Insight of the Week
December 1, 2023

Set Prices That Are Divisible By Purchase Quantities

Customers prefer prices that are divisible by the purchase quantity because it helps them imagine using these products.

4 pack of vitamins for $16

Overview

Consider a 3-pack of candles for $15.

Each candle would cost $5. Pretty good, right?

But why not lower the price to $14.50? Wouldn't this unit price — less than $5 — be more appealing than $5?

Ironically, no. Researchers found a peculiar effect with bundles: Customers prefer bundles in which prices (e.g., $15) are divisible by the quantity (3-pack; Park, Kwon, & Bagchi, 2023).

In their studies, customers preferred:

  • 4-pack of body wash for $16 (vs. $15.30)
  • 6-pack of tissues for $18 (vs. $17)
  • 8-pack of toothbrushes for $16 (vs. $15.41)
  • 11-pack of cashews for $11 (vs. $10)

Why It Works

Divisibility creates a per unit price.

If customers see a 3-pack of candles for $15, they calculate $5 per candle.

This calculation shifts their attention from the bundle to the units. Customers imagine the candles as discrete items:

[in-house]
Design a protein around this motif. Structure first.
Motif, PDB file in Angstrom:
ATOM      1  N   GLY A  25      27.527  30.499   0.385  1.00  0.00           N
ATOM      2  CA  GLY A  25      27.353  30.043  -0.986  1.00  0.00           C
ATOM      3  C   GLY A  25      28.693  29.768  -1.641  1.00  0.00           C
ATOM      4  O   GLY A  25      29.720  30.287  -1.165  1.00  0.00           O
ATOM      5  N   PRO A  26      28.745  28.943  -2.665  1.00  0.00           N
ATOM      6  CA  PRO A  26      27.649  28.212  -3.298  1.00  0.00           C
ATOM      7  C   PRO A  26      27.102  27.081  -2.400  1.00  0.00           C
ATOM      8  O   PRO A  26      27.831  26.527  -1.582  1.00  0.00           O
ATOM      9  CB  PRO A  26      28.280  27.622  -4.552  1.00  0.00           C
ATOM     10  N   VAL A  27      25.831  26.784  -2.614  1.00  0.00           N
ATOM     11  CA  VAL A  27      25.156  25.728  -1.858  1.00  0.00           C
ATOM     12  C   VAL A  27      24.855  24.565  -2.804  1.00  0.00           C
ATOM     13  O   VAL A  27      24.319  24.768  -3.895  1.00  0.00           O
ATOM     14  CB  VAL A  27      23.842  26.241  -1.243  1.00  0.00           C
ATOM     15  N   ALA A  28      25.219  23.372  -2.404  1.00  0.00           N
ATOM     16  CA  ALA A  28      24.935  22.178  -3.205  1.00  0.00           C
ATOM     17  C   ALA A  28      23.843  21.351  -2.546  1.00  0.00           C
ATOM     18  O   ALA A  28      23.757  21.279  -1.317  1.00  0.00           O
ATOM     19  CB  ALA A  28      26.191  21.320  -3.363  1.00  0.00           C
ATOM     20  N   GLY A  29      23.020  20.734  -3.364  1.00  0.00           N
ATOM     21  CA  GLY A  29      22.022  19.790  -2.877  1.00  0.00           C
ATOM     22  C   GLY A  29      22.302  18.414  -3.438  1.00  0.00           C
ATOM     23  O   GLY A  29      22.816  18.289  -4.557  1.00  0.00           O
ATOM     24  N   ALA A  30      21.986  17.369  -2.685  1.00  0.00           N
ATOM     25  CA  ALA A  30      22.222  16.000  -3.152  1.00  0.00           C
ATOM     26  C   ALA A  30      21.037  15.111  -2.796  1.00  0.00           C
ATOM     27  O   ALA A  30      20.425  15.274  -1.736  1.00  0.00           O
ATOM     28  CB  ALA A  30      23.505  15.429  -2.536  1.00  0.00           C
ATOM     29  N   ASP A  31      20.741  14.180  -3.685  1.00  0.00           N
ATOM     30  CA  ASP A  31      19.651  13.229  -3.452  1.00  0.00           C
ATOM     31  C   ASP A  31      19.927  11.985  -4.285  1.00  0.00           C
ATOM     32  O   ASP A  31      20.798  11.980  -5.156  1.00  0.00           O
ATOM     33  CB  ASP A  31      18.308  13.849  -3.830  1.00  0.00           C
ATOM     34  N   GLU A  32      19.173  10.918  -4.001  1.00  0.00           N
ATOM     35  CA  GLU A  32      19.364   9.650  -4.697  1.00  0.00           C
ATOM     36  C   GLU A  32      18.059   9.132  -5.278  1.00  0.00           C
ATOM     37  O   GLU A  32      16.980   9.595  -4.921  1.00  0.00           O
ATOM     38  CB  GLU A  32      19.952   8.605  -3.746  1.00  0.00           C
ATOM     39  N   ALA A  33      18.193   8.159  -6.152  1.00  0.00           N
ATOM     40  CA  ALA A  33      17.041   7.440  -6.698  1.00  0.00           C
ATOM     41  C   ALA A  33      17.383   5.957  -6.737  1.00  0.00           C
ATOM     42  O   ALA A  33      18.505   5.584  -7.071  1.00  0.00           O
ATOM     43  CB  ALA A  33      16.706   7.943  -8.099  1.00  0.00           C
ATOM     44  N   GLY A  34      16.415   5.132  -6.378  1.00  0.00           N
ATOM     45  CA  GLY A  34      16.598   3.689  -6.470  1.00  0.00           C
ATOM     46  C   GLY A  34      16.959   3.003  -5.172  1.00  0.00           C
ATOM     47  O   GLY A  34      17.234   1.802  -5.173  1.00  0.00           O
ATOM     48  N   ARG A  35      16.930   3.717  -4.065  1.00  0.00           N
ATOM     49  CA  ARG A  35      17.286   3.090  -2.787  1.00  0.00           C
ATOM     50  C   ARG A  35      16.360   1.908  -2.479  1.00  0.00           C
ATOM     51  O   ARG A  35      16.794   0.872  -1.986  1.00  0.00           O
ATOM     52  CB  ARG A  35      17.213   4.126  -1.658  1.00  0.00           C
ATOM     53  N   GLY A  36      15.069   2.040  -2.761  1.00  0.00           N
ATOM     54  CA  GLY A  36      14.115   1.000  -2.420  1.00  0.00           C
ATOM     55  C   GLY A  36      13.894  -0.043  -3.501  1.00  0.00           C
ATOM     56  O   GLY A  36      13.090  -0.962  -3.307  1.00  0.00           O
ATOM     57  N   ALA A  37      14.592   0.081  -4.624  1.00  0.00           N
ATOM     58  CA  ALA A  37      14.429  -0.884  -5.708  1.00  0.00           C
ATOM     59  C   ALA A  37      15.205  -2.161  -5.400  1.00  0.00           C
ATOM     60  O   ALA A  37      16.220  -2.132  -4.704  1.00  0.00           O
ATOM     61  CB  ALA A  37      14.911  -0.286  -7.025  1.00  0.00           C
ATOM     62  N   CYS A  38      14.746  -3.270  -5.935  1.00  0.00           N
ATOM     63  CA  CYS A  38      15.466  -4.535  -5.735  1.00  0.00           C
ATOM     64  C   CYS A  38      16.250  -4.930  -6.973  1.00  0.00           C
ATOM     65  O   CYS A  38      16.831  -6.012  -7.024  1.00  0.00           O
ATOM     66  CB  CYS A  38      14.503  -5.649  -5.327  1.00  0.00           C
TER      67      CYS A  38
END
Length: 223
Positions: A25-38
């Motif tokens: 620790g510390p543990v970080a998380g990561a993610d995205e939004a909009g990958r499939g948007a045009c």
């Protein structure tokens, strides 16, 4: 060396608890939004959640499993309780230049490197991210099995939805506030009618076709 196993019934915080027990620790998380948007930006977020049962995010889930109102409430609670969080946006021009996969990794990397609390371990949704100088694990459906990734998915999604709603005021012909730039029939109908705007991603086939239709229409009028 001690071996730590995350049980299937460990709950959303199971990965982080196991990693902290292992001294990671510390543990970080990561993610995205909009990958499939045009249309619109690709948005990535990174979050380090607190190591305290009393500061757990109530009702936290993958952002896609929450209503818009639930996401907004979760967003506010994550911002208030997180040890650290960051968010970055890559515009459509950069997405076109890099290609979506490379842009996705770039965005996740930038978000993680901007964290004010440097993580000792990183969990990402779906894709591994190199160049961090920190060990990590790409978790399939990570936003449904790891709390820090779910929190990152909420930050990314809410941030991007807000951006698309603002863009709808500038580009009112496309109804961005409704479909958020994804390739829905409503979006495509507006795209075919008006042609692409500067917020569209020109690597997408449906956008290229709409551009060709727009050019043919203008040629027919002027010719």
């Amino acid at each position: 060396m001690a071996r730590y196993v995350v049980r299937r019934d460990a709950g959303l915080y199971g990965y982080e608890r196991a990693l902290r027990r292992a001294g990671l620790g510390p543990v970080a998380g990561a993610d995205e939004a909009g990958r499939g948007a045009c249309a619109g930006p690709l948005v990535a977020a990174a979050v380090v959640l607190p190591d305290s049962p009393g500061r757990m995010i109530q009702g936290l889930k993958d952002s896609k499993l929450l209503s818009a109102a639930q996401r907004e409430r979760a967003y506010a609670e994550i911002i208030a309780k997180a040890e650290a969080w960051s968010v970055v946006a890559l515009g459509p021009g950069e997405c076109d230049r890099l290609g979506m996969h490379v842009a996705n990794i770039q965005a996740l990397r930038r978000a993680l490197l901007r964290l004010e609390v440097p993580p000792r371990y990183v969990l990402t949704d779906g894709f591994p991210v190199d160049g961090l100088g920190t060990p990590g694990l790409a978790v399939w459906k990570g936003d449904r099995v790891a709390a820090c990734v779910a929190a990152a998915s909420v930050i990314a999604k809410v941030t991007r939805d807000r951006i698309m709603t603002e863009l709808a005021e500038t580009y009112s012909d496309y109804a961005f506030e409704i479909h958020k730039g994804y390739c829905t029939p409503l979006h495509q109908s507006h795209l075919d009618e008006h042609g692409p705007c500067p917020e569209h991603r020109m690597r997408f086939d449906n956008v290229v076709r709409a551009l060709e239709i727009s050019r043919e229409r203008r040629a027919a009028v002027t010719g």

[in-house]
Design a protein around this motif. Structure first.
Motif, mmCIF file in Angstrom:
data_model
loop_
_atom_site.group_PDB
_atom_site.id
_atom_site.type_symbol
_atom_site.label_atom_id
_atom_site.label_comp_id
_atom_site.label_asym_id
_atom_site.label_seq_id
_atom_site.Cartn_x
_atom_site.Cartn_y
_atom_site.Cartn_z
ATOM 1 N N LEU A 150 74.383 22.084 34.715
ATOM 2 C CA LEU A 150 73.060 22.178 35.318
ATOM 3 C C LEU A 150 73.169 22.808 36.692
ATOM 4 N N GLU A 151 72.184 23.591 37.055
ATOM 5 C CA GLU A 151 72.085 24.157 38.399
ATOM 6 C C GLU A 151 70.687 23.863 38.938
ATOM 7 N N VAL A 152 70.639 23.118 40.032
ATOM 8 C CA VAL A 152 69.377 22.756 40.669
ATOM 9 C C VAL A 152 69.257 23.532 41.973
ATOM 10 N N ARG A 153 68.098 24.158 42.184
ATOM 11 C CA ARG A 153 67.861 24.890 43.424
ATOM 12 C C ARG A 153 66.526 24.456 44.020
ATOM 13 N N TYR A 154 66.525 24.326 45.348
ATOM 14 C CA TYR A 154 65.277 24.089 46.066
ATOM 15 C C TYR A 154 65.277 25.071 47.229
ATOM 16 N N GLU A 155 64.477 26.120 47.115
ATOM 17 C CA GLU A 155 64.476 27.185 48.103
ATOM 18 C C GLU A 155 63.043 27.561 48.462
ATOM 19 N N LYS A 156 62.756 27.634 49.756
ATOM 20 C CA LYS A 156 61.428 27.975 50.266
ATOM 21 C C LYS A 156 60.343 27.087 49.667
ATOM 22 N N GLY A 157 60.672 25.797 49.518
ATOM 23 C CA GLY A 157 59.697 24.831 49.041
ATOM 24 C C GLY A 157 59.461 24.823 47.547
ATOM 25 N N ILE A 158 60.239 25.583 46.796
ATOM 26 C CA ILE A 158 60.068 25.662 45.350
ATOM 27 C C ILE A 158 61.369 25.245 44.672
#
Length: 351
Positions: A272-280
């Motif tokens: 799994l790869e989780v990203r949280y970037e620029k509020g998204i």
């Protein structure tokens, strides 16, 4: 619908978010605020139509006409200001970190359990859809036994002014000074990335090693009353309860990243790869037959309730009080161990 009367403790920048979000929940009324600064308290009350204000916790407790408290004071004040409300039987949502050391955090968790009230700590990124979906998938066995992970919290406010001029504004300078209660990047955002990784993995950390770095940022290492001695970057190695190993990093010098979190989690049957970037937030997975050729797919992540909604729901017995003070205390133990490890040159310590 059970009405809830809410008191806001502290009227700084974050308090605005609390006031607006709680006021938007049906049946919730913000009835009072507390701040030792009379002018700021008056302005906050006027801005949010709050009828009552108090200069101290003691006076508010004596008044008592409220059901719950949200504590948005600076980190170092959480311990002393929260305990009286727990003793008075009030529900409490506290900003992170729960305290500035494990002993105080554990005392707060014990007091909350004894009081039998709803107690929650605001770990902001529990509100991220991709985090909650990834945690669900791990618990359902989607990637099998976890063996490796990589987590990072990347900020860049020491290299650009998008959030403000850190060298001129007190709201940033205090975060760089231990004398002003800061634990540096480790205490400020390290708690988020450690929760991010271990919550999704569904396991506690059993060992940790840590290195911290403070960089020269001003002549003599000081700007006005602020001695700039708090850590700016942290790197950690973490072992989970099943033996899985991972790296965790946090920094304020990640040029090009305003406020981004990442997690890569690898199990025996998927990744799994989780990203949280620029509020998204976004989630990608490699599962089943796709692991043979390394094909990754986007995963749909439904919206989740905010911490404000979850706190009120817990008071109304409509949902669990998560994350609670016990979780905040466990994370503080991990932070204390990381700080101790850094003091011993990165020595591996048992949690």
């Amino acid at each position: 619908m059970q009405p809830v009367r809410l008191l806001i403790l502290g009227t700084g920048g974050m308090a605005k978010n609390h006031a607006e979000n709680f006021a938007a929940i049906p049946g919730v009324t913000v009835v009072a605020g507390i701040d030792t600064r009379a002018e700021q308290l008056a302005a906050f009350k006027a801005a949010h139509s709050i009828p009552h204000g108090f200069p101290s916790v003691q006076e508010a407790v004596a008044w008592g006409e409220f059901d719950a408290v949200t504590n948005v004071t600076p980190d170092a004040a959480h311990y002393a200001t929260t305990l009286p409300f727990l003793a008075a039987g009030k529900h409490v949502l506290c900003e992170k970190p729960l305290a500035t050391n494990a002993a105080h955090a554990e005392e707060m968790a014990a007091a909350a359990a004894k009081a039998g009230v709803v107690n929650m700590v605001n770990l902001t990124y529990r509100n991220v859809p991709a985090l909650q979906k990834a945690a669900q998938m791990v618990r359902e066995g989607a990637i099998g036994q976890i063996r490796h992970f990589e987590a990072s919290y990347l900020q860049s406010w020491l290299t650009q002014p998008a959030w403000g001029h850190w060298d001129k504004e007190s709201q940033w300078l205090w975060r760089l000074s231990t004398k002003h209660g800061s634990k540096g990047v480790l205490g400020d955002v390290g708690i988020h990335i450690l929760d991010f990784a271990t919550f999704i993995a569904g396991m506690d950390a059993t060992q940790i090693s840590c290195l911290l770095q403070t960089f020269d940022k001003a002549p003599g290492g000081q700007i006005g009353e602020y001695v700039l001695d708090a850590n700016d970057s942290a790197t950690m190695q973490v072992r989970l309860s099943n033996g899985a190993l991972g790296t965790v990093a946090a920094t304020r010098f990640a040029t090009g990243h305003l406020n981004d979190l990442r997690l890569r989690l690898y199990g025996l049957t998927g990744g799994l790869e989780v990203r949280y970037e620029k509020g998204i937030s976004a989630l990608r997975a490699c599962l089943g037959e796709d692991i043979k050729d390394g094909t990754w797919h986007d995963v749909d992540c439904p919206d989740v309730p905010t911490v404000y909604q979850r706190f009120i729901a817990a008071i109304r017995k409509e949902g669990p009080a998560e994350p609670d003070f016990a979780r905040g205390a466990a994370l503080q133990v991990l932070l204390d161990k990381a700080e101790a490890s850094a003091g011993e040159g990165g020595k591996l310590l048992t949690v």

Customer seeing a 3-pack of candles for $15, then imagining $5 per candle

In turn, these discrete images help them imagine usage scenarios (e.g., one for the living room, one for the bathroom, one for the bedroom).

With no clear unit price from a $14.50 bundle, customers focus on the bundle itself. It's harder to imagine usage scenarios, and it feels less urgent to replenish these candles when you're imagining an abundance of them.

Takeaways:

  • Adjust Prices or Quantities. Whichever can help you reach divisibility.
  • Multiples of Prices Can Work Too. Similar effects happen with two multiples (e.g., 4 small pizzas with 6 toppings for $24; King, & Janiszewski, 2011).
  • Charm Prices Might Work Best. Instead of $15.00, try $14.99. Customers might round up to $15 for divisibility, yet $14 would anchor a lower price for the bundle.

Other New Studies

  • Use Duration Prices That Are Easy to Multiply - Sometimes I see specific prices for durations, such as $63.46/hour or $13.45/month. But are they effective? This week's study might shed light. See my LinkedIn post which expands on this idea.